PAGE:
Dynamic program analysis

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Dynamic program analysis is analysis of computer software that involves executing the program in question (as opposed to static program analysis, which does not). Dynamic program analysis includes familiar techniques from software engineering such as unit testing, debugging, and measuring code coverage, but also includes lesser-known techniques like program slicing and invariant inference. Dynamic program analysis is widely applied in security in the form of runtime memory error detection, fuzzing, dynamic symbolic execution, and taint tracking.

For dynamic program analysis to be effective, the target program must be executed with sufficient test inputs[1] to cover almost all possible outputs. Use of software testing measures such as code coverage helps increase the chance that an adequate slice of the program's set of possible behaviors has been observed.[why?] Also, care must be taken to minimize the effect that instrumentation has on the execution (including temporal properties) of the target program.[why?][needs context] Dynamic analysis is in contrast to static program analysis. Unit tests, integration tests, system tests and acceptance tests use dynamic testing.[2]

Types of dynamic analysis[edit]

Code coverage[edit]

Computing the code coverage according to a test suite or a workload is a standard dynamic analysis technique.

  • Gcov is the GNU source code coverage program.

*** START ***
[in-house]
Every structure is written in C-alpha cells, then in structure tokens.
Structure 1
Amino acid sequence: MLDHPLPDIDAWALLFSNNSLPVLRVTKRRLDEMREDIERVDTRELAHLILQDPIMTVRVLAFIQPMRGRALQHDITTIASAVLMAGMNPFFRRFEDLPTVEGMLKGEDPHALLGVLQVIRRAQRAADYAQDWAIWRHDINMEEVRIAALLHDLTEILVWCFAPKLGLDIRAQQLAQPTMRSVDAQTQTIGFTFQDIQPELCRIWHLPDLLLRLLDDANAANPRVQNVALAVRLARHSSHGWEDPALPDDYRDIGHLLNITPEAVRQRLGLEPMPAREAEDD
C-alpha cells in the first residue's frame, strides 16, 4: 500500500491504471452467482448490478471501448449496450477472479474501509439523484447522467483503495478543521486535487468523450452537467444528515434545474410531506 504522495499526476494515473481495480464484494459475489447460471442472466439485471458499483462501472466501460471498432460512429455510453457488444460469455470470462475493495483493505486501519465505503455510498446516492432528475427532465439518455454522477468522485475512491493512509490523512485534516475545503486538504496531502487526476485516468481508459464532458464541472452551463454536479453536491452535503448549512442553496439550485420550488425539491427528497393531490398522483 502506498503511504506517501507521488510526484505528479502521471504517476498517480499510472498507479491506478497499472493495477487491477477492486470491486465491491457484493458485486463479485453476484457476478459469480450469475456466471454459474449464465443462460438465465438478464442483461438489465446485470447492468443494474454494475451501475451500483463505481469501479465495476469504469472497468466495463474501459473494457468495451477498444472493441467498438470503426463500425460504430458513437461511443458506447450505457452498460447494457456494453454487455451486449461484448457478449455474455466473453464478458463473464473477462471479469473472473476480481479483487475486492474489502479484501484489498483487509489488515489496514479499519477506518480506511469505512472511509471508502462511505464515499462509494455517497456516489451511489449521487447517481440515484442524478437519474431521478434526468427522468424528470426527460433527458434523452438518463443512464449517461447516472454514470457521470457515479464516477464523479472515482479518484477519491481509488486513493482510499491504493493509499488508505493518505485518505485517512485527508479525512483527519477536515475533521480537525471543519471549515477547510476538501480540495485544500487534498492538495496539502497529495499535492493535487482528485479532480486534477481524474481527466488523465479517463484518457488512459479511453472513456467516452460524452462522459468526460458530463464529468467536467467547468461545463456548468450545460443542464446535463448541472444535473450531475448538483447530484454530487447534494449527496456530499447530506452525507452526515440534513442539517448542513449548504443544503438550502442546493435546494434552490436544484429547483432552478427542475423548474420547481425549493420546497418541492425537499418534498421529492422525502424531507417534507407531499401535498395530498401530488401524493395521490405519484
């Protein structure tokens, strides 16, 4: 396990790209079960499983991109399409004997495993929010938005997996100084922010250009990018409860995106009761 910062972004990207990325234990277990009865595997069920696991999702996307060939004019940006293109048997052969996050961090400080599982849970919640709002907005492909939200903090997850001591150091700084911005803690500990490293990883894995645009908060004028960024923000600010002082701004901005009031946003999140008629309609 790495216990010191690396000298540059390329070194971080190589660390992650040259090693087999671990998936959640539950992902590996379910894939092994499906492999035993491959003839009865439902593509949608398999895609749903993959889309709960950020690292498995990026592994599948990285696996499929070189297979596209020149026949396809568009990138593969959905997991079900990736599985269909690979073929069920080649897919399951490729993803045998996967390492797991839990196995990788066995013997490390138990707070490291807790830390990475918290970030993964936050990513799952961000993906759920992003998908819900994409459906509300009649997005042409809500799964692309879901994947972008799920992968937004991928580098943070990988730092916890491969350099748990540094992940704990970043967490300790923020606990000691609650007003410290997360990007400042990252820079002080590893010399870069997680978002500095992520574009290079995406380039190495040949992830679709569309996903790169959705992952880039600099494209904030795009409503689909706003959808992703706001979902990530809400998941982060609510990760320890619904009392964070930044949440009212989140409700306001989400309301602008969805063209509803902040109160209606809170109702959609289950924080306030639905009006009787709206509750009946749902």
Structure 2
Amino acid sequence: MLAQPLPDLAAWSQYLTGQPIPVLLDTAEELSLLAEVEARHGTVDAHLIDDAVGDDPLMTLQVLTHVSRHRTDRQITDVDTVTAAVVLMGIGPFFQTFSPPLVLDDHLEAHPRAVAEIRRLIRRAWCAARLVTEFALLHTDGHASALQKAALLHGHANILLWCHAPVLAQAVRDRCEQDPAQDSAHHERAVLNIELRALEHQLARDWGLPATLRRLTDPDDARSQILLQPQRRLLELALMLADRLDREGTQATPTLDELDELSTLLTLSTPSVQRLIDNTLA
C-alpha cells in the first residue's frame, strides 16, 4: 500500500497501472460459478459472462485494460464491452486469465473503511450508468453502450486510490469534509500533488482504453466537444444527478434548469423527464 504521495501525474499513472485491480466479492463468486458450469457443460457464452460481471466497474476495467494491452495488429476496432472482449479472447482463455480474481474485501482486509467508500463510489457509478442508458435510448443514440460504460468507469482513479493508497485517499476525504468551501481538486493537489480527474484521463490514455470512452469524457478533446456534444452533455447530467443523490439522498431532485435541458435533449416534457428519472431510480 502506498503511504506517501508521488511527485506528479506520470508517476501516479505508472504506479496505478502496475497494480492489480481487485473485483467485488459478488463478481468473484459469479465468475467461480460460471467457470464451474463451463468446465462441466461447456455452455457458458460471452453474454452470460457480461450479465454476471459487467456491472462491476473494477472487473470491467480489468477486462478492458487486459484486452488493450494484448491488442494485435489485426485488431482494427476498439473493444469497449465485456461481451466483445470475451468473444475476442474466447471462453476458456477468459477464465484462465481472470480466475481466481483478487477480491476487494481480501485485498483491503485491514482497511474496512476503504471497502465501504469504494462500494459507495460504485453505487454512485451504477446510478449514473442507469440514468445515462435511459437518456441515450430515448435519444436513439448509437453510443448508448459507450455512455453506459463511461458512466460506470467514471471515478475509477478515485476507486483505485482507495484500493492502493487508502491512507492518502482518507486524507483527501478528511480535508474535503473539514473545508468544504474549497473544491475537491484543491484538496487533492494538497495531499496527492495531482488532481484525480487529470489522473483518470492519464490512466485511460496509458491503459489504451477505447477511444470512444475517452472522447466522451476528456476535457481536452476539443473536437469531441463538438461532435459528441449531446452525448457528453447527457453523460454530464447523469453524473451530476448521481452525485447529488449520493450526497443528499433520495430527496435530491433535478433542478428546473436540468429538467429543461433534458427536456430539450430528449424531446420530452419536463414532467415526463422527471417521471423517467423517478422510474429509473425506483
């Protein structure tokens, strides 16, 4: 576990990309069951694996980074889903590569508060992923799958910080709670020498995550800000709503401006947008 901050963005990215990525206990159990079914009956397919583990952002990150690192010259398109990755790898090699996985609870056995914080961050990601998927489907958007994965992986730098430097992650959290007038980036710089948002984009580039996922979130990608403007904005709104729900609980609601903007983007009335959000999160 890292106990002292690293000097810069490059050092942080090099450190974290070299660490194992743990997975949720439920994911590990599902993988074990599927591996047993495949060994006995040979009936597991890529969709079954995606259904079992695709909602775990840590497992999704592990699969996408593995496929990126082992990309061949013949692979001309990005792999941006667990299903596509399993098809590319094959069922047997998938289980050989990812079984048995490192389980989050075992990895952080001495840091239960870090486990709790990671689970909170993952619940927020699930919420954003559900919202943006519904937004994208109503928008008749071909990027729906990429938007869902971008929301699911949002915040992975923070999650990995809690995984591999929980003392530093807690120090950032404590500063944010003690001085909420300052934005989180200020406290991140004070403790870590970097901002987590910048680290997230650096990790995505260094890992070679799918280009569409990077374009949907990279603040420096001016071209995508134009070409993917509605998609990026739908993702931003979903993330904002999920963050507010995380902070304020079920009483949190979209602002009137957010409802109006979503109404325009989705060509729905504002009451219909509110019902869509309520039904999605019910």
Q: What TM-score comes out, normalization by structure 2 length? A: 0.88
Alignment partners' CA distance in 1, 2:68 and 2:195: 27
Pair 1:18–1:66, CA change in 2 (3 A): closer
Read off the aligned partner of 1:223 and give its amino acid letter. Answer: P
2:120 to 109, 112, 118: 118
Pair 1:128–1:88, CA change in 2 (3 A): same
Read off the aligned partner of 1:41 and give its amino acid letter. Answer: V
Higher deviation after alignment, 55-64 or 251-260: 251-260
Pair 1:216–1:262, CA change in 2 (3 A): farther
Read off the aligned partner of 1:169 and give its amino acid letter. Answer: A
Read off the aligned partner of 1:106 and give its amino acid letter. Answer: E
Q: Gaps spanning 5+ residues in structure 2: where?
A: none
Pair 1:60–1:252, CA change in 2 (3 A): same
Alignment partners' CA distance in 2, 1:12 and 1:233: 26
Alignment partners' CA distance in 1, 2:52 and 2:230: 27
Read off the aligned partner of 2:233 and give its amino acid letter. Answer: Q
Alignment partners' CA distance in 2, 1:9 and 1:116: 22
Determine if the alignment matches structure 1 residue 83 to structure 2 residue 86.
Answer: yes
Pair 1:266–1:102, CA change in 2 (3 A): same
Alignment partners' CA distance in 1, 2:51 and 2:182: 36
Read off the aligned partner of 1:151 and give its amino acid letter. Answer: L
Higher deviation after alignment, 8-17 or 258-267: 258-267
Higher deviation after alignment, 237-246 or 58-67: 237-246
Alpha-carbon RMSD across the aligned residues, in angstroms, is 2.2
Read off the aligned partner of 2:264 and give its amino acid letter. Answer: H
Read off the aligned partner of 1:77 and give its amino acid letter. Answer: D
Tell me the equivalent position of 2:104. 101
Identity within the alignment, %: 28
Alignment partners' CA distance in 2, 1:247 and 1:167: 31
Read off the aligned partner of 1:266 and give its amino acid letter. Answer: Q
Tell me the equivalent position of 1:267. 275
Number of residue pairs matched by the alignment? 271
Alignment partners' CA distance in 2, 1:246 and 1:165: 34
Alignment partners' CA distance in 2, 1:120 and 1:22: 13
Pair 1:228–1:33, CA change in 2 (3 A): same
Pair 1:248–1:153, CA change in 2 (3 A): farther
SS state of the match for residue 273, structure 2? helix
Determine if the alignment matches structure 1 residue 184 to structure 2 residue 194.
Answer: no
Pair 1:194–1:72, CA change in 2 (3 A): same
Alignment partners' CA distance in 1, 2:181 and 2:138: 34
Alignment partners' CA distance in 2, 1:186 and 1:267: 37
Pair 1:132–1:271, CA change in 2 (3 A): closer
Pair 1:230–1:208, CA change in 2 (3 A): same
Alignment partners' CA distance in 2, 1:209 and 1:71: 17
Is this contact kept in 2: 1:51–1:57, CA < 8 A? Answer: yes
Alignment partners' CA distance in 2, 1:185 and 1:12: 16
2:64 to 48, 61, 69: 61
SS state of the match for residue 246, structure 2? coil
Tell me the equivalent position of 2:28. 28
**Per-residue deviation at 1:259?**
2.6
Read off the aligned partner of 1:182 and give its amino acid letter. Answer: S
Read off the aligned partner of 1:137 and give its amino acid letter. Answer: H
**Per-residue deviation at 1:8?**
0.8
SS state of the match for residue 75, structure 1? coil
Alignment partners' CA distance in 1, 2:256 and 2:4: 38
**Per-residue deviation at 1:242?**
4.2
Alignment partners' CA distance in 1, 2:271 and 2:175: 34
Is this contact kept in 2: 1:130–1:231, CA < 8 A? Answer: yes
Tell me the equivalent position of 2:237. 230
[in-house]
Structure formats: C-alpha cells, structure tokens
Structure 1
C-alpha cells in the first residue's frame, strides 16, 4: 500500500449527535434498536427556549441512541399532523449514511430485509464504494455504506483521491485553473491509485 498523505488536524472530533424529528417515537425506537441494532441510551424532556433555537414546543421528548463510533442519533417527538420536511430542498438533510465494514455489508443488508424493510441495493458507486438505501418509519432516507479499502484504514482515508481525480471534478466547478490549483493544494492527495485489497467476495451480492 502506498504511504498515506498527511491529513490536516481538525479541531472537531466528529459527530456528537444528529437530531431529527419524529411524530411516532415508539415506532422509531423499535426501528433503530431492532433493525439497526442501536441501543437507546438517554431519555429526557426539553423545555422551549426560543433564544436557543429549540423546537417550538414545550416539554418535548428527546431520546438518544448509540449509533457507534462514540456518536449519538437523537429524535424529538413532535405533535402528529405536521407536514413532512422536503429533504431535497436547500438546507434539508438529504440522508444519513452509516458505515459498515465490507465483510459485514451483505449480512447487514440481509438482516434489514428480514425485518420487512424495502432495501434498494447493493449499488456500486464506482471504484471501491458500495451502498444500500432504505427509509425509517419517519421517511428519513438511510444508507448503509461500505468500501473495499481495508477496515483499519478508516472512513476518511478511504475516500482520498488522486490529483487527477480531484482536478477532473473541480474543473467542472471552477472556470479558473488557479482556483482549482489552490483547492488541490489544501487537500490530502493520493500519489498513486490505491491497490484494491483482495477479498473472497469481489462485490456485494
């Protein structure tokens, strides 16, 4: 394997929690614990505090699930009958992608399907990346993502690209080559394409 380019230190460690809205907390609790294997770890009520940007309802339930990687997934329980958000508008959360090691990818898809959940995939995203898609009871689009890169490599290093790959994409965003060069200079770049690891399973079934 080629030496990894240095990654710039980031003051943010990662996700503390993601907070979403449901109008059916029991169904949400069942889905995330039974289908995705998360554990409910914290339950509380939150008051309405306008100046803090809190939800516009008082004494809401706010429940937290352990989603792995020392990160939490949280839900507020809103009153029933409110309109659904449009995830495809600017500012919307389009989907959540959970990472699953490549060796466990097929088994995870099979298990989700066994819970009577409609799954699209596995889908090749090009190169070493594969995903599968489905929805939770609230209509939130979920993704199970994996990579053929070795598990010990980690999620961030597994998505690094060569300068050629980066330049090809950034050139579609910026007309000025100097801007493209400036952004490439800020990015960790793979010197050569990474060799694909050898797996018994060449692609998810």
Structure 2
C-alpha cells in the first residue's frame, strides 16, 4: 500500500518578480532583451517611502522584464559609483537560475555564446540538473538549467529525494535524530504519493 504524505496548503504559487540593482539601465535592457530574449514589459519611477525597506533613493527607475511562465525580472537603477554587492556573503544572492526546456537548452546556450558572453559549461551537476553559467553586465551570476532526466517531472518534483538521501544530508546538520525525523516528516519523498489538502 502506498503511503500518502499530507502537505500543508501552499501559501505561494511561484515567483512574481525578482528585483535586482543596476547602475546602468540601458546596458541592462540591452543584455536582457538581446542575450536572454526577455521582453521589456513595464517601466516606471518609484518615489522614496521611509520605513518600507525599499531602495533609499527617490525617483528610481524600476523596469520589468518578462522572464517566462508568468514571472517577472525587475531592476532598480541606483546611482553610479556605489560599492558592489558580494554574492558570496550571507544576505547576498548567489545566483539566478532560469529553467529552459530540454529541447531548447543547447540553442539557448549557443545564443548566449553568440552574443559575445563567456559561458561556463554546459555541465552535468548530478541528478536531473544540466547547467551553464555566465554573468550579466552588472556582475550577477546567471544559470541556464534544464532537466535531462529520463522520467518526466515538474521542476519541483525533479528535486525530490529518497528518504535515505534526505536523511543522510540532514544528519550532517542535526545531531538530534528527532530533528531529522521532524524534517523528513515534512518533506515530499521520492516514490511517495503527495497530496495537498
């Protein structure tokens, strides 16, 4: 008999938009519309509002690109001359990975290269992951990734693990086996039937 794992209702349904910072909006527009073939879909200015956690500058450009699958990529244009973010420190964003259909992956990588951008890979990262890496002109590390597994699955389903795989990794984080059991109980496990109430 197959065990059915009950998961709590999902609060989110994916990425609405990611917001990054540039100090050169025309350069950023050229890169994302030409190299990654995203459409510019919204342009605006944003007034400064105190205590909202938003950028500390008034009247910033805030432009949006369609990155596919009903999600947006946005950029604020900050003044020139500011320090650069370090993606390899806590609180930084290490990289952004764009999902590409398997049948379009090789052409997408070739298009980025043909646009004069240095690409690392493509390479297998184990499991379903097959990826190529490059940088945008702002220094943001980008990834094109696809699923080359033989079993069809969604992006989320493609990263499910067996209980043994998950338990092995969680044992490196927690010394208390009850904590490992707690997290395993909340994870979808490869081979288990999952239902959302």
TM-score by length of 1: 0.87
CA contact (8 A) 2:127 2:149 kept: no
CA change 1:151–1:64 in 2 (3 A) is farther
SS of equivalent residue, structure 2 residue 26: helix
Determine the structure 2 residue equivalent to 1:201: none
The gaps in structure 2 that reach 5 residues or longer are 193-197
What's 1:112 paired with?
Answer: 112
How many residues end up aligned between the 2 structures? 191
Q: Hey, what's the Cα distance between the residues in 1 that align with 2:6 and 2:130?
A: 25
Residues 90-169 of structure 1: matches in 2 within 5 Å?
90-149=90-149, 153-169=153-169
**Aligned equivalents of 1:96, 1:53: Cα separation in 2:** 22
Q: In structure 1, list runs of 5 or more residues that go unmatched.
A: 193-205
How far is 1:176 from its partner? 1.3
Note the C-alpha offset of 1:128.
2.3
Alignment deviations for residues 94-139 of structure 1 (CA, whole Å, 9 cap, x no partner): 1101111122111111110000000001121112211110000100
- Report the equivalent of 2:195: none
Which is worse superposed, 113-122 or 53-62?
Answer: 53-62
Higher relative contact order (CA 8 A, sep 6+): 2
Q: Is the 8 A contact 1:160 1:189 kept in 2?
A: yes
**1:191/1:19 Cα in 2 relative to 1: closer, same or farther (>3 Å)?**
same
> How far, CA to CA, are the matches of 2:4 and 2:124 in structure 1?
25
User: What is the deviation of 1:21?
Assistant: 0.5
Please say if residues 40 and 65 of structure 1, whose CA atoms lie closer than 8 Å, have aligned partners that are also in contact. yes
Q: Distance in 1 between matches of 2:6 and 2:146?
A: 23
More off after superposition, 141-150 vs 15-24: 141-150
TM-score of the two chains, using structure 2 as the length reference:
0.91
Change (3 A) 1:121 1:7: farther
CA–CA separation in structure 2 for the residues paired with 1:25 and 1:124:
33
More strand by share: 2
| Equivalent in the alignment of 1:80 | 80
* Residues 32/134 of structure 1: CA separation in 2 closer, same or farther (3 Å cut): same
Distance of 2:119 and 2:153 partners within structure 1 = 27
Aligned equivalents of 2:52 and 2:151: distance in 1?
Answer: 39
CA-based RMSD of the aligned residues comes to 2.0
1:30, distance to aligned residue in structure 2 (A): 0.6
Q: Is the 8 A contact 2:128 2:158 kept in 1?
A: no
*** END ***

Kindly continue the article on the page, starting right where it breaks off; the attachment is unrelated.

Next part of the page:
• VB Watch injects dynamic analysis code into Visual Basic programs to monitor code coverage, call stack, execution trace, instantiated objects and variables.

Dynamic testing[edit]

Dynamic testing involves executing a program on a set of test cases.

Memory error detection[edit]


Fuzzing is a testing technique that involves executing a program on a wide variety of inputs; often these inputs are randomly generated (at least in part). Gray-box fuzzers use code coverage to guide input generation.

Dynamic symbolic execution[edit]

Dynamic symbolic execution (also known as DSE or concolic execution) involves executing a test program on a concrete input, collecting the path constrants associated with the execution, and using a constraint solver (generally, an SMT solver) to generate new inputs that would cause the program to take a different control-flow path, thus increasing code coverage of the test suite.[3] DSE can considered a type of fuzzing ("white-box" fuzzing).

Dynamic data-flow analysis[edit]

Dynamic data-flow analysis tracks the flow of information from sources to sinks. Forms of dynamic data-flow analysis include dynamic taint analysis and even dynamic symbolic execution.[4][5]

Invariant inference[edit]

Daikon is an implementation of dynamic invariant detection. Daikon runs a program, observes the values that the program computes, and then reports properties that were true over the observed executions, and thus likely true over all executions.

Security analysis[edit]

Dynamic analysis can be used to detect security problems.

  • IBM Rational AppScan is a suite of application security solutions targeted for different stages of the development lifecycle. The suite includes two main dynamic analysis products: IBM Rational AppScan Standard Edition, and IBM Rational AppScan Enterprise Edition. In addition, the suite includes IBM Rational AppScan Source Edition—a static analysis tool.

Concurrency errors[edit]